How to deal with short-term memory loss

Short-term memory loss can be very overwhelming when it happens, and I’m not talking about what happens as we all get older and forget where we put our car keys.

I’m talking about the memory loss after a brain injury, brain surgery, as a result of a brain tumor, concussion, or health condition that affects these amazing organs of ours – the brain.

Think about the individual pieces of information our brains hold inside, the data points that map our lives together like pieces of glue, the intricate memories that make us…us. However, sometimes as we get older, or stressed, or there is too much going on, or a disease condition or health condition, that glue becomes less effective, and the memories can become out of reach. As a brain tumor survivor, I know only too well the impact of short-term memory loss after my surgery.

So, how did I help my brain after surgery? Note: This information is also useful to anyone who wants to maintain a healthy brain!

short-term memory loss

Firstly, I consulted with my healthcare professional (HCP) – an important step for anyone with these issues. I then combined this with a little of my own research and started off on with my plan to help my brain heal. I thought I would share with you a few of the things I did after my surgery to help my brain reboot its short term memory.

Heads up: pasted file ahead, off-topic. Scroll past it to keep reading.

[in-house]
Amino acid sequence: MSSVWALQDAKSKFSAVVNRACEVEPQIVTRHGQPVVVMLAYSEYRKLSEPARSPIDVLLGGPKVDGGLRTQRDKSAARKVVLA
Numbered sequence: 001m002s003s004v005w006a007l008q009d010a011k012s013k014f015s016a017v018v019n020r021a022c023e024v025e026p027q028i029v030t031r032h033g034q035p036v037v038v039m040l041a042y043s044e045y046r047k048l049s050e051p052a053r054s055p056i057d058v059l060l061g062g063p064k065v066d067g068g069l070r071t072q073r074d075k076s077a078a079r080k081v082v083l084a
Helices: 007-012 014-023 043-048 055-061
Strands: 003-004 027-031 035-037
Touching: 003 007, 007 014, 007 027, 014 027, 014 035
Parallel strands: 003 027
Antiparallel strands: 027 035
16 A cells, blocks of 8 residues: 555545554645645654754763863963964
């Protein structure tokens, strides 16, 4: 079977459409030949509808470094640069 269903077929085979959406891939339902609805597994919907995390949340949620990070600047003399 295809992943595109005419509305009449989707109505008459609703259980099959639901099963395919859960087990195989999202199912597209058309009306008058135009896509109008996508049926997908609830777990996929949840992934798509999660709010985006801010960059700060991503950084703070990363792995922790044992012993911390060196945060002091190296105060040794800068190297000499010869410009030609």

1. Sleep. I slept. A lot. A well-rested brain is key. Most of us are not getting enough sleep and adults should be having between 7- 9 hours a night believe it or not!
  2. Stress – less of it. I looked for ways to decrease any external and internal stress that was being placed on my brain and body. Most of us know only too well the negative effect stress can have on our memory – that time when we wrote exams and couldn’t remember that one important fact!
  3. Physical exercise, especially aerobic exercise, the kind that gets our heart and your sweat glands pumping, ‘appears to boost the size of the hippocampus, the brain area involved in verbal memory and learning.’
  4. Mental exercise, using brain games such as Lumosity as well as challenging myself to try and remember things helped ‘exercise’ my brain.
  5. Meditation was key to allow my brain to take a ‘timeout’ and heal. It also helped with reducing stress and getting better sleep! All key tools to helping short-term memory loss.
  6. I also looked for and found tools to support me when I needed them such as reminders in my iPhone, post it notes and lists.
  7. But most importantly I came to the realization that brain time, that time the brain requires to heal, is not defined. By taking small steps and making time my friend, my brain healed to my new normal and for that I am eternally grateful.

If you have an elderly loved one suffering memory loss, you can look into a senior living community or memory care services for seniors like the ones found at You can watch my quick video on the topic of short-term memory loss here.


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short-term memory loss